"The encryption function is buggy. If it was a ransomware to make money it would at least work as a ransomware," Suiche said.
Suiche supposes that the aim of the attack was to disrupt the work of the companies and businesses targeted as the attacks' motives were apparently not to just temporarily limit the victims’ access to information but rather to destroy and damage the systems.
Among the hit firms were some major businesses like pharmaceutical giant Merck, Russia’s oil company Rosneft, Denmark’s shipping company Maersk and a Cadbury factory in Australia.
Kaspesky Lab also supports the wiper theory. The antivirus company's experts said preliminary analysis showed that hackers could not decrypt the victim's disk even after the demanded payment was made.
On Thursday, Kaspersky explained to Sputnik that with current antivirus capacities it was almost impossible to get the keys to restore access to information.
ExPetr has been compared to the virus dubbed as WannaCry that infected over 230,000 computers back in May, but it appears to belong to a separate malware family.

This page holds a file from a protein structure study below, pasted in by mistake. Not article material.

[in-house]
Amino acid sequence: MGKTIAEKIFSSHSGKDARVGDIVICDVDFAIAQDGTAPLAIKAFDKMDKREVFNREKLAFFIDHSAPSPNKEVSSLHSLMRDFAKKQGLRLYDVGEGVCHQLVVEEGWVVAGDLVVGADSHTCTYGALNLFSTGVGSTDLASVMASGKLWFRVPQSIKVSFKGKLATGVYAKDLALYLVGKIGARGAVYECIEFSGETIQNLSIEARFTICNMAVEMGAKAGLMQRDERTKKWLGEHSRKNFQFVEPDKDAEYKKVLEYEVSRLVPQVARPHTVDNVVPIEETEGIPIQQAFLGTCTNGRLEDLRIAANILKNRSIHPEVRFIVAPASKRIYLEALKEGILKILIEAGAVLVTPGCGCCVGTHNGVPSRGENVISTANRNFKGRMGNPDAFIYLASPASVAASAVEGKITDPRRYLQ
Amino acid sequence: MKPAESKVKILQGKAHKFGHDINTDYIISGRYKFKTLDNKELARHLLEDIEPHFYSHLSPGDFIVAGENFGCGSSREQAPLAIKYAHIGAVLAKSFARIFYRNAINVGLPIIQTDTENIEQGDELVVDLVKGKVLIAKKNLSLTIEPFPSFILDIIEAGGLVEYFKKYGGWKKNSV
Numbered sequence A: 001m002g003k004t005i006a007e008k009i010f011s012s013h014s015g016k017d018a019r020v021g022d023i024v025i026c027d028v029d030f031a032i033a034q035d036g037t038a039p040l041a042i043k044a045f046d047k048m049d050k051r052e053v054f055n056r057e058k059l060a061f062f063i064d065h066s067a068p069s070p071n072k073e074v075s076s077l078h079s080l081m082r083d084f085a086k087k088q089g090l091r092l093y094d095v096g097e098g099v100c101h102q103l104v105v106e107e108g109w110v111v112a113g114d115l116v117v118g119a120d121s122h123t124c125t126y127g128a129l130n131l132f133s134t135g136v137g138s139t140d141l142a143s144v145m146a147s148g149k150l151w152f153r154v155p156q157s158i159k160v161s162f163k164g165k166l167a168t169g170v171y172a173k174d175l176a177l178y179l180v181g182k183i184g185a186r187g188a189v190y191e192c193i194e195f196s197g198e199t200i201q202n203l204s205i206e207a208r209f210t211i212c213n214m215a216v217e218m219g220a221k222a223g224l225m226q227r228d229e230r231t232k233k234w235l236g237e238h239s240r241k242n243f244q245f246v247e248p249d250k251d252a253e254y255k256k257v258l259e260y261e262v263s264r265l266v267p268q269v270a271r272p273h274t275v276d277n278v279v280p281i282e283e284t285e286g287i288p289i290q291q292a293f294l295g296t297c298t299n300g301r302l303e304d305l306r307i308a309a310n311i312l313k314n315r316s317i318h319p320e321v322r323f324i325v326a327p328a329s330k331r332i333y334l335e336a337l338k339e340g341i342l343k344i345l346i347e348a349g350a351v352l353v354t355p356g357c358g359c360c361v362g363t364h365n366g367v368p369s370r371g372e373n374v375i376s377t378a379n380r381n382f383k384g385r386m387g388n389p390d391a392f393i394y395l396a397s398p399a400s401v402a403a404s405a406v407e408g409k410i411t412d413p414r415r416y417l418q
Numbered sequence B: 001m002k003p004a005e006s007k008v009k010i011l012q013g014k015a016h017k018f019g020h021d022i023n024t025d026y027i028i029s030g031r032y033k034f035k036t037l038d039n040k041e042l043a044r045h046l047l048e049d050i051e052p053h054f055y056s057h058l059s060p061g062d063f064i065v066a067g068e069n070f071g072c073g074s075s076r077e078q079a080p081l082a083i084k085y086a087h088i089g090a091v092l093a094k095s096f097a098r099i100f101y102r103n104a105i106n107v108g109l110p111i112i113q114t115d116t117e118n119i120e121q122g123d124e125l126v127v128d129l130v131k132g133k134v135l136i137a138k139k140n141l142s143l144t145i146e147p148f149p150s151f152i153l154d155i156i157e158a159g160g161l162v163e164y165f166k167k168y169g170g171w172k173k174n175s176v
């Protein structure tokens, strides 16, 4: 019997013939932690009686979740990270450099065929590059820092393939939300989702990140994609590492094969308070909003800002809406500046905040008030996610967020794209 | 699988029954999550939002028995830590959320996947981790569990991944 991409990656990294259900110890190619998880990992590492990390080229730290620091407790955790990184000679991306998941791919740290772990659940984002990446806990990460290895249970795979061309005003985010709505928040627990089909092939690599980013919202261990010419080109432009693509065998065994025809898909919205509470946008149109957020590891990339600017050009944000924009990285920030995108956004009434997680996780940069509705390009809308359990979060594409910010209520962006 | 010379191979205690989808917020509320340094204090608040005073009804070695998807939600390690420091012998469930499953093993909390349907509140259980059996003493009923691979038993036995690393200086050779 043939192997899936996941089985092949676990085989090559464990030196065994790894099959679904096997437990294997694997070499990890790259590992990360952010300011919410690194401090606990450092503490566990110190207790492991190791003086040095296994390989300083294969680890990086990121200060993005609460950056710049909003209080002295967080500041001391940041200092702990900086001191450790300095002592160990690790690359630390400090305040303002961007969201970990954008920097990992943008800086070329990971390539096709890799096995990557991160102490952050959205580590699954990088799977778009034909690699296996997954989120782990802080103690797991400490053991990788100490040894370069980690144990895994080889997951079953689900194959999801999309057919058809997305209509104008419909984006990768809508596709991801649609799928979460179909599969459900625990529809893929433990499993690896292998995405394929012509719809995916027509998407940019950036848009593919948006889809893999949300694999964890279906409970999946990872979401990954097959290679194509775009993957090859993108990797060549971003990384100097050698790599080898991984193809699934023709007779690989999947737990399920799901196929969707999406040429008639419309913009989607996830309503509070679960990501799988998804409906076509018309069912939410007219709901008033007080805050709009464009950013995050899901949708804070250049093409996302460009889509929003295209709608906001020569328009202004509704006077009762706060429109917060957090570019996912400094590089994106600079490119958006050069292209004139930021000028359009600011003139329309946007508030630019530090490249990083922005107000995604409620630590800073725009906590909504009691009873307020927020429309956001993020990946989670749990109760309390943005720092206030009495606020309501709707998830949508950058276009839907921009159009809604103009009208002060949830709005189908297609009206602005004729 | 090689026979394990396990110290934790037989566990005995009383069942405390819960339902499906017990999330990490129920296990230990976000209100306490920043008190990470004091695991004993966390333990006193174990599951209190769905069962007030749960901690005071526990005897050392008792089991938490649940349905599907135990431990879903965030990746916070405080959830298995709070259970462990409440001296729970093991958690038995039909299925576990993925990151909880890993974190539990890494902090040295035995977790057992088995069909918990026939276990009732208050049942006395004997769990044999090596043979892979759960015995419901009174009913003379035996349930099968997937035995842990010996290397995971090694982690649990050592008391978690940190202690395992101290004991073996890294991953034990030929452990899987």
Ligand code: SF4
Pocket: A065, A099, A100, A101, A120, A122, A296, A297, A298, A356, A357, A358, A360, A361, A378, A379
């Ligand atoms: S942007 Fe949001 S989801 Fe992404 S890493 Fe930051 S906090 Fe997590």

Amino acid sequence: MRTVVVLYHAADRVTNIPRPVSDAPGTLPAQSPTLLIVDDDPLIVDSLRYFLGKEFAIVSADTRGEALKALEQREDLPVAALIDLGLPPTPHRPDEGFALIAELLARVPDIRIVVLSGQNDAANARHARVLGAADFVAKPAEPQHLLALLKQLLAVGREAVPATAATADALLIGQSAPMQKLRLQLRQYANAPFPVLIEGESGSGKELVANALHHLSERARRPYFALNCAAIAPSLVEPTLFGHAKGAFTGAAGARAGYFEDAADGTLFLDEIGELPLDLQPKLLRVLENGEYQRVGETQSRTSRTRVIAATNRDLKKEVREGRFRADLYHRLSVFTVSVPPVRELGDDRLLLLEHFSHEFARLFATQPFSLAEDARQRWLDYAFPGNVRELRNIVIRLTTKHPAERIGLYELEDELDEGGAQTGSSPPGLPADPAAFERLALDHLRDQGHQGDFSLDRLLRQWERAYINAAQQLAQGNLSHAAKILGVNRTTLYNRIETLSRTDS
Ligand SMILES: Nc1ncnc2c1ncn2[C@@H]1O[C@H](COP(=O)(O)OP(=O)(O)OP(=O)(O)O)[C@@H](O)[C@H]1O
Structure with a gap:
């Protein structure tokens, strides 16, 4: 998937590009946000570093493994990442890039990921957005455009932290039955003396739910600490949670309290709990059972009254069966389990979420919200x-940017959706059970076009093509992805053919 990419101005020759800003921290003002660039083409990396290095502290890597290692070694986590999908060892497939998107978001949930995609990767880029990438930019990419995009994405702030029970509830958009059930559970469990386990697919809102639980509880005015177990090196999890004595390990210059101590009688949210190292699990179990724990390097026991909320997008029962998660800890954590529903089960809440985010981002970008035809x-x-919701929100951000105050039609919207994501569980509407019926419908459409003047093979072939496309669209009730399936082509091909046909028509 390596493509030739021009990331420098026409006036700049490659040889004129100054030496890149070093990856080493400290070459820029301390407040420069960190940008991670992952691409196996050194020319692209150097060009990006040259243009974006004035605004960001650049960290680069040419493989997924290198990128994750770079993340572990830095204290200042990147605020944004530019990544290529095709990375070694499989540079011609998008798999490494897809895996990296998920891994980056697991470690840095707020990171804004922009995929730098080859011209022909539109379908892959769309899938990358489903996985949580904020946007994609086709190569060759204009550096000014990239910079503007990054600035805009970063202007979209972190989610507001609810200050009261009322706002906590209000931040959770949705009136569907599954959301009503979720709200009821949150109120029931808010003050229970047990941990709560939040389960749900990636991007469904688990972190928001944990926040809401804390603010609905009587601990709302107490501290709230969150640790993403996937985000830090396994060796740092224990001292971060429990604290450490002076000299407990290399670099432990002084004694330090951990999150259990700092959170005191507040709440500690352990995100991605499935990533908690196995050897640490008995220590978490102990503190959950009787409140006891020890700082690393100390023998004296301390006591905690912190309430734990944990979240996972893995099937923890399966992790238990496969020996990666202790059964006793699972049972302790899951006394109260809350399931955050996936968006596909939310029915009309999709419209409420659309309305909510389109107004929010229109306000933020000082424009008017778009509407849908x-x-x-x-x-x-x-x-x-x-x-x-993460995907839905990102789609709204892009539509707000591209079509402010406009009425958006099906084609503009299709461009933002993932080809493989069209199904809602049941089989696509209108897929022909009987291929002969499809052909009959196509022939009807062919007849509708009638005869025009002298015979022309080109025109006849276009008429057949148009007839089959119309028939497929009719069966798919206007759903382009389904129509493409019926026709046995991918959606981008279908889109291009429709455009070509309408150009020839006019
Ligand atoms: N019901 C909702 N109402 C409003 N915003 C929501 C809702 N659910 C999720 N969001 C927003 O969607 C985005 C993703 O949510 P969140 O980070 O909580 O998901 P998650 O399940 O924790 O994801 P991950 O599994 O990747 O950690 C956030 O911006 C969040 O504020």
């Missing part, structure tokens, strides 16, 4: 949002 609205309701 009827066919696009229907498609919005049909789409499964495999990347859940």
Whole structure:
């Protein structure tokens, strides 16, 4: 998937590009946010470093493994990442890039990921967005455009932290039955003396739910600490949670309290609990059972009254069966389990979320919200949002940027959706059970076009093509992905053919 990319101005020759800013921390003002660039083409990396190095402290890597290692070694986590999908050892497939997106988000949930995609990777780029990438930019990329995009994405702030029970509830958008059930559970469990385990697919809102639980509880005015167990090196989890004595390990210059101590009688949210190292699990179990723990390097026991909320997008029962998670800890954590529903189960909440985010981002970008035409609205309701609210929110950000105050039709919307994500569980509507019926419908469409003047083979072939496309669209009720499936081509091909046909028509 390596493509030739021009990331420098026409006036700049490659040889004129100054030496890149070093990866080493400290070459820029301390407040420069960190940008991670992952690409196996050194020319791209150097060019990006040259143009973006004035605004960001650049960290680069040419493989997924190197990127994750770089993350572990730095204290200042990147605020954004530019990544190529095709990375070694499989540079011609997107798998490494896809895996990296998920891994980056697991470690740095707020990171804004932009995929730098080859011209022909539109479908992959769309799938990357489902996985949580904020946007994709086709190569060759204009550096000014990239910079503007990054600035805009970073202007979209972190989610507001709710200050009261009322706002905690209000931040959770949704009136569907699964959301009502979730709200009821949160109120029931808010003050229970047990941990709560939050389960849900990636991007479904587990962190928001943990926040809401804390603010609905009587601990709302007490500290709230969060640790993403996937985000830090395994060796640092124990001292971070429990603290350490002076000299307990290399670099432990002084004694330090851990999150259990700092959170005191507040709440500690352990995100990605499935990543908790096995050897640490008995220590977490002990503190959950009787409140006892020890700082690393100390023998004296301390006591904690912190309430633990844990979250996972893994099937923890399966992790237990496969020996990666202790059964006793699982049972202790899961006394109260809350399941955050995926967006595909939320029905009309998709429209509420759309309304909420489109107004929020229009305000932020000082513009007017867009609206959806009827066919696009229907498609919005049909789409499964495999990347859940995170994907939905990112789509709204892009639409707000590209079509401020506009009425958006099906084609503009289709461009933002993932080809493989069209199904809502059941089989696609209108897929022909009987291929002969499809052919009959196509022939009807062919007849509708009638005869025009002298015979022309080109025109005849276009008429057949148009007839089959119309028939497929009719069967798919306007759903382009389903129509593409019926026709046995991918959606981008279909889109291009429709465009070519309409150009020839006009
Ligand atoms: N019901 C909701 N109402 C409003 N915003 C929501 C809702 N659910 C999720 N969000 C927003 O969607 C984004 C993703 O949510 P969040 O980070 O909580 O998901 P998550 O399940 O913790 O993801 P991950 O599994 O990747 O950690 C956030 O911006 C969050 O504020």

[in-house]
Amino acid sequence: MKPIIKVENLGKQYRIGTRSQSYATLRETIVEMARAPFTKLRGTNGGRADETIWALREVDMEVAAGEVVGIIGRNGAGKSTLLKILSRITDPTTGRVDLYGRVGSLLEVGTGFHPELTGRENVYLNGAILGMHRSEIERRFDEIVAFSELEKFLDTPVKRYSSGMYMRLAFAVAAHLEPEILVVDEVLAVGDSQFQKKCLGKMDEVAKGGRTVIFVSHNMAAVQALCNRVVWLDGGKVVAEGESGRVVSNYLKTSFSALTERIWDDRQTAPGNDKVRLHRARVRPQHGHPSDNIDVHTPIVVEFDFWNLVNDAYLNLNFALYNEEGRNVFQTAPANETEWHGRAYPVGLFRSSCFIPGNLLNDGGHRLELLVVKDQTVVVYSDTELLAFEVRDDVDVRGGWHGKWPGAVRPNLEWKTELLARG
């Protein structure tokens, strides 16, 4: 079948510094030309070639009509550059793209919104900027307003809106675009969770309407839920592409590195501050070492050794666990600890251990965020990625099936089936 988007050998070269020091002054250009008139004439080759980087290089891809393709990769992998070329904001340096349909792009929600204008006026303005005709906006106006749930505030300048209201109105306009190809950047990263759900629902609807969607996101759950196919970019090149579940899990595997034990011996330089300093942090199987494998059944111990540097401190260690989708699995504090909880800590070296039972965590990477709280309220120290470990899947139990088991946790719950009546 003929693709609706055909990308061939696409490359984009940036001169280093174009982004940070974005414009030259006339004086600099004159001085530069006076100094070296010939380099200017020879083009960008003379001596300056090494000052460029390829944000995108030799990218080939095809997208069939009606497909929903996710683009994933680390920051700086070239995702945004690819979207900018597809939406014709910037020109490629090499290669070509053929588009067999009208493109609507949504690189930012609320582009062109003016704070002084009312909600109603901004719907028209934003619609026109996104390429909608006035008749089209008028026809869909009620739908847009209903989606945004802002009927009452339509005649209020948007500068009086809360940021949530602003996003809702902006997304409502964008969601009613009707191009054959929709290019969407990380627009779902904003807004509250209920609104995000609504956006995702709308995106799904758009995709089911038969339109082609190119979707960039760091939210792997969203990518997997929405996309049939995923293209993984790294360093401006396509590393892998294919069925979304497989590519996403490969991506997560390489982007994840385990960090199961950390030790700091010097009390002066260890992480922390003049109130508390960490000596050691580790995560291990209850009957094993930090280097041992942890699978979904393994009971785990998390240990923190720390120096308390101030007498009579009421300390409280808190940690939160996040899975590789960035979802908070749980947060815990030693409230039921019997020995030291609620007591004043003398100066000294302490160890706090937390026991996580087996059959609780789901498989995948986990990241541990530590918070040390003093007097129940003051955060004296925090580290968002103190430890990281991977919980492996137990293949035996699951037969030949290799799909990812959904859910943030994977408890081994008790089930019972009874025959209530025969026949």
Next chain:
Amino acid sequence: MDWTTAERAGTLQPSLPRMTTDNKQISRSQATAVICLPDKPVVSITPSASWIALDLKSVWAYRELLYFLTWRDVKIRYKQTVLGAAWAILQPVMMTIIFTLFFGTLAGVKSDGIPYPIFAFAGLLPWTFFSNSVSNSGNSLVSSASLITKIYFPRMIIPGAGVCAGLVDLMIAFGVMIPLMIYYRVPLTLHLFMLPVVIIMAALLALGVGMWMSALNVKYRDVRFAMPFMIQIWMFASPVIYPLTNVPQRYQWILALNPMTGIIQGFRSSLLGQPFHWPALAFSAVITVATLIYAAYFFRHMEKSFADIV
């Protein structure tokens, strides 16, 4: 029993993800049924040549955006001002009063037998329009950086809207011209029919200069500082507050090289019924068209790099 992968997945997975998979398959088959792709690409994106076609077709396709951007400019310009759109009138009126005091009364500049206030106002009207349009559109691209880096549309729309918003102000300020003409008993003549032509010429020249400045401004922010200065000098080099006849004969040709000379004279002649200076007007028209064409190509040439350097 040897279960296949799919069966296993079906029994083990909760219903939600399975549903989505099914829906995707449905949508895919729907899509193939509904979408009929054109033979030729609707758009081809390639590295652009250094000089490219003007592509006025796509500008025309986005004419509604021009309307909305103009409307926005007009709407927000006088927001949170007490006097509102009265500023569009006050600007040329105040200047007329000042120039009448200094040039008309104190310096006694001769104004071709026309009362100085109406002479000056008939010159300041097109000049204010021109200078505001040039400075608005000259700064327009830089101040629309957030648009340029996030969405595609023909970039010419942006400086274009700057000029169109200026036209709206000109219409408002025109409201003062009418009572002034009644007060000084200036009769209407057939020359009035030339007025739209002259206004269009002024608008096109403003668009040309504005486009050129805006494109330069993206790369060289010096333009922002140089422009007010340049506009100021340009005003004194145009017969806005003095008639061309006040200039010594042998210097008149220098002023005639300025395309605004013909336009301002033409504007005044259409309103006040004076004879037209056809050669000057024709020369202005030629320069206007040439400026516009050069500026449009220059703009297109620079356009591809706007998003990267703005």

"It’s more complex, and uses more technical layers to propagate," Suiche explained.
Tech companies urge people not to transfer the ransom as it will not help to get back access to the data. As for businesses, these need to have more clear IT security strategies as there is a chance that similar attacks can take place at some point in the future, according to Suiche.
"Antivirus only stops against what they know. There is no silver bullet security product; companies need to have a more mature security," he said.
The large-scale ExPetr hacker attack took place on Tuesday, targeting businesses as well official bodies across the globe. The majority of the affected companies said that they managed to cope with the breach of security and are investigating the reasons.